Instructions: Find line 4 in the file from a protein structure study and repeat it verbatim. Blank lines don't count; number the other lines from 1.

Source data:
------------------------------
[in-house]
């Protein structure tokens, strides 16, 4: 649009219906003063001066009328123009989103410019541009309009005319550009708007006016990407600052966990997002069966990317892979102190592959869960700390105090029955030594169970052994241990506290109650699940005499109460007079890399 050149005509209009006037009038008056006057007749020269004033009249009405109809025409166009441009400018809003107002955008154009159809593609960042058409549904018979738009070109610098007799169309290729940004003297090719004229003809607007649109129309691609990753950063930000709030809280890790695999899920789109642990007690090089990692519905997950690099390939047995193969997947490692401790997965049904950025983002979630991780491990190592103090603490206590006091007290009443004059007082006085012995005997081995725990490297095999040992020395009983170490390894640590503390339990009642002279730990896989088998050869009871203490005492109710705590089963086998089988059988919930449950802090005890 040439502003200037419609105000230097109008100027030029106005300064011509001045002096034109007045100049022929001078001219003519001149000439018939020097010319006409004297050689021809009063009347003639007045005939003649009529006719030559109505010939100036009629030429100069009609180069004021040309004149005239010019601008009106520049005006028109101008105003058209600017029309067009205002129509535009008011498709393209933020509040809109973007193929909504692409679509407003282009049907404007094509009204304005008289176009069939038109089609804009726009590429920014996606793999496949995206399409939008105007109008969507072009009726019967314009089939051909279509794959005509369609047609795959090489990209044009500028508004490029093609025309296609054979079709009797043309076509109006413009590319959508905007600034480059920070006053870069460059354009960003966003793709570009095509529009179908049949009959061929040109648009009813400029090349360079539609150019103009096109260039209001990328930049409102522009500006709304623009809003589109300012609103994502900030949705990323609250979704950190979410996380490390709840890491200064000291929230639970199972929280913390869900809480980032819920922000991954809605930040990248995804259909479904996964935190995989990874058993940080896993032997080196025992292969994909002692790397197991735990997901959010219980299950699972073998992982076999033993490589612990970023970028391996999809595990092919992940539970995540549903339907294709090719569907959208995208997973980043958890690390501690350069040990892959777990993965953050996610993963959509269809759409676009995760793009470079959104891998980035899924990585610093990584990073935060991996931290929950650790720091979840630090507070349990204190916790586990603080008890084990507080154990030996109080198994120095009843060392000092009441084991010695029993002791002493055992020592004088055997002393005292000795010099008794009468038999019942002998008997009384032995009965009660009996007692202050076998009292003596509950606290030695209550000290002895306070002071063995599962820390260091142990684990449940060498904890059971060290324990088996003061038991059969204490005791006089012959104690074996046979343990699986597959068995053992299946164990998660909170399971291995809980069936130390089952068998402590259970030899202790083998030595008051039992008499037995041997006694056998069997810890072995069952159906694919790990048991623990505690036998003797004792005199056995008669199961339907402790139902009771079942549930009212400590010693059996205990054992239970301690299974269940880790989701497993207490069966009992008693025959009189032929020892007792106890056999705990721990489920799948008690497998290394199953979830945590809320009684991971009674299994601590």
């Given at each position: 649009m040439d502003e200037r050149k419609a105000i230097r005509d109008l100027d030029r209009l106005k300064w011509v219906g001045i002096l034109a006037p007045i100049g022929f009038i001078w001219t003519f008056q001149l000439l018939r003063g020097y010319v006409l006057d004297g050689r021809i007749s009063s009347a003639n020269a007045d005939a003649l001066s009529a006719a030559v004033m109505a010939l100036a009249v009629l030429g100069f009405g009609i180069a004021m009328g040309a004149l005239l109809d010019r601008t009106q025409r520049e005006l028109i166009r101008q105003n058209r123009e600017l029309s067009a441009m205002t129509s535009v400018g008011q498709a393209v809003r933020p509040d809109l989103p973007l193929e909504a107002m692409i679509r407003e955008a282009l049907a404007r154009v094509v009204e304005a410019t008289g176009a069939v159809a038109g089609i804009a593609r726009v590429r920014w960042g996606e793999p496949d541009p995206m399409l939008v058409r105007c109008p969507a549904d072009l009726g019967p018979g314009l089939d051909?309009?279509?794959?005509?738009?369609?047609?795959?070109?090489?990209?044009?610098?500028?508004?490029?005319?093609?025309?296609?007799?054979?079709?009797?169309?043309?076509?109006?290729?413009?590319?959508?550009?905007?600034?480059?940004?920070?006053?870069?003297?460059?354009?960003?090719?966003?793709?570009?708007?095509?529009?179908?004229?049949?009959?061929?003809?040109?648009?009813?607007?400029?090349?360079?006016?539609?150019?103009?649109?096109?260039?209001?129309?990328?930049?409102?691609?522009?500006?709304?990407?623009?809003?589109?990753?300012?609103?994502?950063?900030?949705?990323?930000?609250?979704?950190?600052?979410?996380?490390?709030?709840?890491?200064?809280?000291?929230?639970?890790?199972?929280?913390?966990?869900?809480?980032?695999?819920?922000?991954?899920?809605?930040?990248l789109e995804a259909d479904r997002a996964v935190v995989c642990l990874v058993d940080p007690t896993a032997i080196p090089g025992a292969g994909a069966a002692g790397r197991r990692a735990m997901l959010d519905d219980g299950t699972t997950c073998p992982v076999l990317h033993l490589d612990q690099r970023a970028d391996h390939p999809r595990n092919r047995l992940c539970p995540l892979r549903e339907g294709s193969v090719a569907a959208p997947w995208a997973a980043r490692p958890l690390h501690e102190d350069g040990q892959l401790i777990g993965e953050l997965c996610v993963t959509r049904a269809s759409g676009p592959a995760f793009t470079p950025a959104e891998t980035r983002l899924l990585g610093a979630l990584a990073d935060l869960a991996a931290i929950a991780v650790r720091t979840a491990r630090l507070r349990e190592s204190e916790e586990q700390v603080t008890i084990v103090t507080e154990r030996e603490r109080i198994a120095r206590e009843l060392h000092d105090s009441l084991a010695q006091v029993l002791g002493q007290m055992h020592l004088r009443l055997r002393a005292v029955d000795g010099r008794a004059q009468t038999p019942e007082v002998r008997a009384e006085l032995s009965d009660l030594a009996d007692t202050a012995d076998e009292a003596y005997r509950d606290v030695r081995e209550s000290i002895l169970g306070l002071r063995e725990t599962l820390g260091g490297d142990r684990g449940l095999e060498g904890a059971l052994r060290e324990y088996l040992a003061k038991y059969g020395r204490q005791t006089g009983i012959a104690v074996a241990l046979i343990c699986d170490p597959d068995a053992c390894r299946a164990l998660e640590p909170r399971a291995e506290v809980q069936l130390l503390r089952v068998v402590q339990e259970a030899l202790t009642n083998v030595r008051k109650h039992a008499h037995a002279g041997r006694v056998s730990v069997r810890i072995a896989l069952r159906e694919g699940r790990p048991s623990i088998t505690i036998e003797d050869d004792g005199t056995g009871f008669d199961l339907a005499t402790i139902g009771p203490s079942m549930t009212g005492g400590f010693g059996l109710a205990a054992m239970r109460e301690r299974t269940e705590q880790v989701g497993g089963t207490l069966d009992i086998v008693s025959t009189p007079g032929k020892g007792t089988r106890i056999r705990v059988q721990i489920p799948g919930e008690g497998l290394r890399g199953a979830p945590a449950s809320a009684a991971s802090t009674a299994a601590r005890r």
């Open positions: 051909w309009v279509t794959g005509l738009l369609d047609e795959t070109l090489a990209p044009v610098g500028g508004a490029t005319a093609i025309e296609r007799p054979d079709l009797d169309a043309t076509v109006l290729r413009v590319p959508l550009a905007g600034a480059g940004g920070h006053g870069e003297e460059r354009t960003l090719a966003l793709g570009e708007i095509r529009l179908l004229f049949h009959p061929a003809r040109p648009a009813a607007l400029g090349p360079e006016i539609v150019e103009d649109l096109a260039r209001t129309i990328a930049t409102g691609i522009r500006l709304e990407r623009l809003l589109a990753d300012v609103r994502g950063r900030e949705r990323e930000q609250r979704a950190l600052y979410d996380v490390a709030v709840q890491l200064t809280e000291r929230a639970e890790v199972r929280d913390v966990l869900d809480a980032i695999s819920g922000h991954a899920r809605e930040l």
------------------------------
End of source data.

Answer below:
């Open positions: 051909w309009v279509t794959g005509l738009l369609d047609e795959t070109l090489a990209p044009v610098g500028g508004a490029t005319a093609i025309e296609r007799p054979d079709l009797d169309a043309t076509v109006l290729r413009v590319p959508l550009a905007g600034a480059g940004g920070h006053g870069e003297e460059r354009t960003l090719a966003l793709g570009e708007i095509r529009l179908l004229f049949h009959p061929a003809r040109p648009a009813a607007l400029g090349p360079e006016i539609v150019e103009d649109l096109a260039r209001t129309i990328a930049t409102g691609i522009r500006l709304e990407r623009l809003l589109a990753d300012v609103r994502g950063r900030e949705r990323e930000q609250r979704a950190l600052y979410d996380v490390a709030v709840q890491l200064t809280e000291r929230a639970e890790v199972r929280d913390v966990l869900d809480a980032i695999s819920g922000h991954a899920r809605e930040l």